5. Verification is essential. Accurate, transparent, and timely information is necessary to verify whether nations are meeting their climate commitments. A new global climate agreement, therefore, should give priority to the measurement, reporting and verification of actions, particularly by major economies. The agreement should include provisions to enable a clear determination of whether countries are complying with their international commitments. Additionally, a new climate agreement should be supported by appropriate consequences for those countries not meeting their international commitments, consistent with national sovereignty. As new climate agreements enter into force, major economies should demonstrate that they have made substantial progress toward putting in place domestically enforceable laws and programs to successfully implement their internationally agreed upon actions.
6. The trade implications of climate policy must be addressed. Climate and trade policies should be designed to encourage all major emitting nations to take climate action and to deter the migration of polluting activities from one nation to another. Internationally, the United States’ preferred and primary strategy for dealing with trade concerns relating to U.S. climate policy should be to negotiate effective bilateral and multilateral agreements on reducing emissions in specific trade- and energy-intensive economic sectors. Collectively, these new agreements—whether negotiated under the United Nations, World Trade Organization or elsewhere—should not only ensure emission goals are reached but they should also integrate climate objectives into the international trade system, such as through border adjustments on imports from nations that have not yet adopted sufficient emission control measures. Since these agreements will be complex and may take time to negotiate, the United States should begin publicly engaging other countries now in substantive discussions on trade and climate policy. Until such agreements come into force, the United States must preserve and be willing to exercise its right to take actions that are consistent with World Trade Organization obligations. Indeed, to promote equitable and effective global action any new U.S. climate change laws should establish a national system of border adjustments, in concert with emission allowances or rebates to trade- and energy-intensive sectors of the economy. Any border adjustment policies should take effect by a date certain if appropriate international agreements have not entered into force.
7. Enhanced technology cooperation will benefit the United States, but must be coupled with strong protections for intellectual property rights. Meeting the climate challenge will depend on the development and dissemination of new clean energy technologies. The United States is a global leader in technological innovation and has much to gain from new initiatives to promote U.S. clean energy exports. The United States would also benefit from international collaboration to develop the revolutionary clean energy technologies needed to strengthen U.S. energy security and promote economic growth. Respect for intellectual property rights, however, is absolutely essential to spurring innovation and economic growth. New international agreements that deal with technology, therefore, must be designed to strengthen rather than weaken international implementation of intellectual property safeguards.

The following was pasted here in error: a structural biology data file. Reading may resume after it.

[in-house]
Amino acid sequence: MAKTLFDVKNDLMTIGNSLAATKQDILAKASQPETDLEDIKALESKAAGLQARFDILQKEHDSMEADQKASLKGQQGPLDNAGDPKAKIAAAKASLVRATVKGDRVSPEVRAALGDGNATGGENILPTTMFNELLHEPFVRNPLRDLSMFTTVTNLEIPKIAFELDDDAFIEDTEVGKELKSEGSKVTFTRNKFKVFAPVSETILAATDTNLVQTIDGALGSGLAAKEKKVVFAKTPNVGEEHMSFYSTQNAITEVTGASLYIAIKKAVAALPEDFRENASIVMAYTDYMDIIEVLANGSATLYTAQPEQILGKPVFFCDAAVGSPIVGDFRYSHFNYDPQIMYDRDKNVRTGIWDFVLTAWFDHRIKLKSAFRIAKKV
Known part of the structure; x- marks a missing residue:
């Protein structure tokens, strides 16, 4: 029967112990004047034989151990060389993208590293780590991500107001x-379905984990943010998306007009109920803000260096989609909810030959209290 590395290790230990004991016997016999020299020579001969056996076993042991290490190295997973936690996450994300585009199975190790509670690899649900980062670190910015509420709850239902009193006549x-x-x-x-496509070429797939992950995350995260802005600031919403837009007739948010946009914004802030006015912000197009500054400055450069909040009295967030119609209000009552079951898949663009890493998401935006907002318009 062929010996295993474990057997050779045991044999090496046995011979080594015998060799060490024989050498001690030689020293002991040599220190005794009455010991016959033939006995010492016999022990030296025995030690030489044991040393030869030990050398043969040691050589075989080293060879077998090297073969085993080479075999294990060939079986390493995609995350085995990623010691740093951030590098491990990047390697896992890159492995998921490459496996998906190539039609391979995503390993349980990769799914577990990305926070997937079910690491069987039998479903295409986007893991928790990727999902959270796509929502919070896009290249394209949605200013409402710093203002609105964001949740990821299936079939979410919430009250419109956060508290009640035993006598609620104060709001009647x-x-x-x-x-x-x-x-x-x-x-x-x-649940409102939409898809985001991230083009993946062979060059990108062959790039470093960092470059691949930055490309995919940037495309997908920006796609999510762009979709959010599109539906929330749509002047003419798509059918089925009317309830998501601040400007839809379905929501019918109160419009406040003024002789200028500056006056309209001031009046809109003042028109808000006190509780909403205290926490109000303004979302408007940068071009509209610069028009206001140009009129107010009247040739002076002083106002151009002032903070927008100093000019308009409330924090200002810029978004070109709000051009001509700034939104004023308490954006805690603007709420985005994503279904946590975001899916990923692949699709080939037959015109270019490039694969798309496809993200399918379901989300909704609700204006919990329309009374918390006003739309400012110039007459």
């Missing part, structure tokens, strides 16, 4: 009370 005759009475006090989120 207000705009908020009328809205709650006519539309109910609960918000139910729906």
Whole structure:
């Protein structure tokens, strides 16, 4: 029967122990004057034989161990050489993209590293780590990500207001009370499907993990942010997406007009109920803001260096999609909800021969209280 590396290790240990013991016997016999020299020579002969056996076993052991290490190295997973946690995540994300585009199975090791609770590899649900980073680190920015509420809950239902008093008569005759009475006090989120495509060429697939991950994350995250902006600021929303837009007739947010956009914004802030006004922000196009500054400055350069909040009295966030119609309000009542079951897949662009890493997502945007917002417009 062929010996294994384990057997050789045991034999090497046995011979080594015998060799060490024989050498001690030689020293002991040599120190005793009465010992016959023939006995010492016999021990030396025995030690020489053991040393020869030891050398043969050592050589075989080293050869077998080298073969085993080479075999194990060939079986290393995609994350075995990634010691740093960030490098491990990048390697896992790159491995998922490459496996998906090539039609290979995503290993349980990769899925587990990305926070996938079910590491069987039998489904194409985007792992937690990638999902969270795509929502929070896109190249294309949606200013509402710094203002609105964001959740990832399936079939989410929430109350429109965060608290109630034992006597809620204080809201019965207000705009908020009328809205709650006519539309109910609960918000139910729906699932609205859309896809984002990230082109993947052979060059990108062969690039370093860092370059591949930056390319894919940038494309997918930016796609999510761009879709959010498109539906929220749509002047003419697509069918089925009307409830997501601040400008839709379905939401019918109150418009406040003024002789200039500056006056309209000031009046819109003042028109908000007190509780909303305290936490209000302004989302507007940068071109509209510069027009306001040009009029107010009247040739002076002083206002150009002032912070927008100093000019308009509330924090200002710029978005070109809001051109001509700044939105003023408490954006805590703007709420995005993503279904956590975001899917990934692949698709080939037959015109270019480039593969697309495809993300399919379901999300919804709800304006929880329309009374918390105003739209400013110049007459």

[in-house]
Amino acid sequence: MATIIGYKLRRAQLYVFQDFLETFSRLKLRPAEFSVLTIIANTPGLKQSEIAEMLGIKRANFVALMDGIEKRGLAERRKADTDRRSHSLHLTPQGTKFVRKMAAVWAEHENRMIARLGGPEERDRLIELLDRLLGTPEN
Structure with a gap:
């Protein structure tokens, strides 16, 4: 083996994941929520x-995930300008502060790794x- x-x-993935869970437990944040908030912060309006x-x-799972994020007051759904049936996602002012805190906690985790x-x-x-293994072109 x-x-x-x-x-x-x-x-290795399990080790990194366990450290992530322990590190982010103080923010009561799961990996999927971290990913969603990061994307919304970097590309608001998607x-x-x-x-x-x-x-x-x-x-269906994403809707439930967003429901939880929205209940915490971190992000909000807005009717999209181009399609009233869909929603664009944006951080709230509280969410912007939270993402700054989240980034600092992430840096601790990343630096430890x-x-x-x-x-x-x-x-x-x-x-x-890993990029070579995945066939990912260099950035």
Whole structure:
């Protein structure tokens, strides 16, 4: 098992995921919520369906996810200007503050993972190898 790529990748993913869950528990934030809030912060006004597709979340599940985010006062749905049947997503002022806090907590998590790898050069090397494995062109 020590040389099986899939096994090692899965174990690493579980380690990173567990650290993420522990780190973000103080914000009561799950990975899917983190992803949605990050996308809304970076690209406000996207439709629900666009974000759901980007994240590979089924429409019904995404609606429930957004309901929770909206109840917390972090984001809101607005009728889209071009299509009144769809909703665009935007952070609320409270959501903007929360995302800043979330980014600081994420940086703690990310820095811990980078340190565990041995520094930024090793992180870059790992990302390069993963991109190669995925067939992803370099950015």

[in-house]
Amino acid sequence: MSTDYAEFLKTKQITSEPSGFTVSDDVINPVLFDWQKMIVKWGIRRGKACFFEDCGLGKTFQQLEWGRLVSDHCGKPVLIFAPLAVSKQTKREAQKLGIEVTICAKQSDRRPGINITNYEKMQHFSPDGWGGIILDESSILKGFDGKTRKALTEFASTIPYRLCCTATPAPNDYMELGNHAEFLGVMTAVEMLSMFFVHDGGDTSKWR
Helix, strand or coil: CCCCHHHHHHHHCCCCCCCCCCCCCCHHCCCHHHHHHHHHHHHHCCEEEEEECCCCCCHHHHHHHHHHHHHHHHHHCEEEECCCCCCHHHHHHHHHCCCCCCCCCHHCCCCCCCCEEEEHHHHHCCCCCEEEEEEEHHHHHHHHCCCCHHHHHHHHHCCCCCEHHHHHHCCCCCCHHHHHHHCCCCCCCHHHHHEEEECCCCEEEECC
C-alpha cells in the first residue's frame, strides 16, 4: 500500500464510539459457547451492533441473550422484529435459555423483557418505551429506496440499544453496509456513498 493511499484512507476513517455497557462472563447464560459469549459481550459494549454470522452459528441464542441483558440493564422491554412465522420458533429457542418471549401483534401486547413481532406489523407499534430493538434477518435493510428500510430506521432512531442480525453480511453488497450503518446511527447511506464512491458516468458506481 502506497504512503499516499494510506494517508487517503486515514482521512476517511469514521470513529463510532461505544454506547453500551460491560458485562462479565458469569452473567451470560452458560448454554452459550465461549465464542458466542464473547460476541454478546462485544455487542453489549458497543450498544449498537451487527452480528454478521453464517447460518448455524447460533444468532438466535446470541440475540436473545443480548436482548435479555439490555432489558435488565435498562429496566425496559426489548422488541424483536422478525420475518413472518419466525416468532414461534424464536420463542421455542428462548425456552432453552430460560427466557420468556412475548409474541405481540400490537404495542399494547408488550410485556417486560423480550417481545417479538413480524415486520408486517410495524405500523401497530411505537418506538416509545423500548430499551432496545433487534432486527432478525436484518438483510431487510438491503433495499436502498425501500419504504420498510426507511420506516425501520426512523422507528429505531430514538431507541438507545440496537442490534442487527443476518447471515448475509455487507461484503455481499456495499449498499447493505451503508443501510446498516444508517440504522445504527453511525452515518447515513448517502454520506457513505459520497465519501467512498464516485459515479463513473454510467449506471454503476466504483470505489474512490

8. The United States and other nations should help the most vulnerable populations adapt to the adverse impacts of climate change. Climate change is a threat multiplier that exacerbates the risks and consequences of instability around the world. America can advance its national security and humanitarian interests by ensuring that climate laws and programs help people in the poorest countries adapt and reduce their climate vulnerability. To ensure U.S. resources are used wisely, the United States should focus such programs on least developed nations as they are the most vulnerable and have the least capacity to respond. These assistance programs should ramp up now and not be conditioned on a new global climate agreement.
9. The United States and other nations should create targeted incentives to help developing nations take ambitious action. Developing nations should mitigate their emissions, and the United States has a role to play in enabling ambitious action. Climate legislation should include substantial financial incentives to promote U.S. clean energy exports and reduce tropical deforestation, including through public funding and innovative mechanisms designed to help mobilize private sector investments. These programs should be targeted toward nations that have the greatest emissions mitigation potential, are parties to ambitious new climate agreements with the United States and are acting in conformity with their obligations. The United States should be actively assisting developing nations that are preparing to take ambitious, quantifiable, measurable, reportable and verifiable actions, even before new international agreements are finalized.
10. U.S. climate policy should promote cost-effective global action. The cost of reducing emissions in many developing nations is lower than in the United States. For this reason creating incentives for U.S. companies to reduce international emissions will help lower costs for U.S. consumers and save American jobs. But safeguards are needed to ensure that international emission reductions financed from the United States are genuine, additional to business-as-usual and advance U.S. goals relating to climate change policy. In the case of major developing nations, one way forward would be to limit access to U.S. incentive programs, including those intended to mobilize the private sector, to nations that are making significant emissions reductions or implementing new internationally agreed upon actions. For other nations, these incentive programs should still encourage action through smaller-scale projects and activities to promote innovation and contain initial costs.
Thank you for considering our views. To confront global climate change successfully, international action and cooperation is needed. We look forward to working with you to achieve that outcome.
Senator Arlen Specter
Senator Carl Levin
Senator Tim Johnson
Senator Debbie Stabenow
Senator Sherrod Brown
Senator Claire McCaskill
Senator Amy Klobuchar
Senator Kay Hagan
Senator Mark Begich
cc: The Honorable Hillary Clinton, Secretary, U.S. Department of State
The Honorable Harry Reid, Majority Leader, United States Senate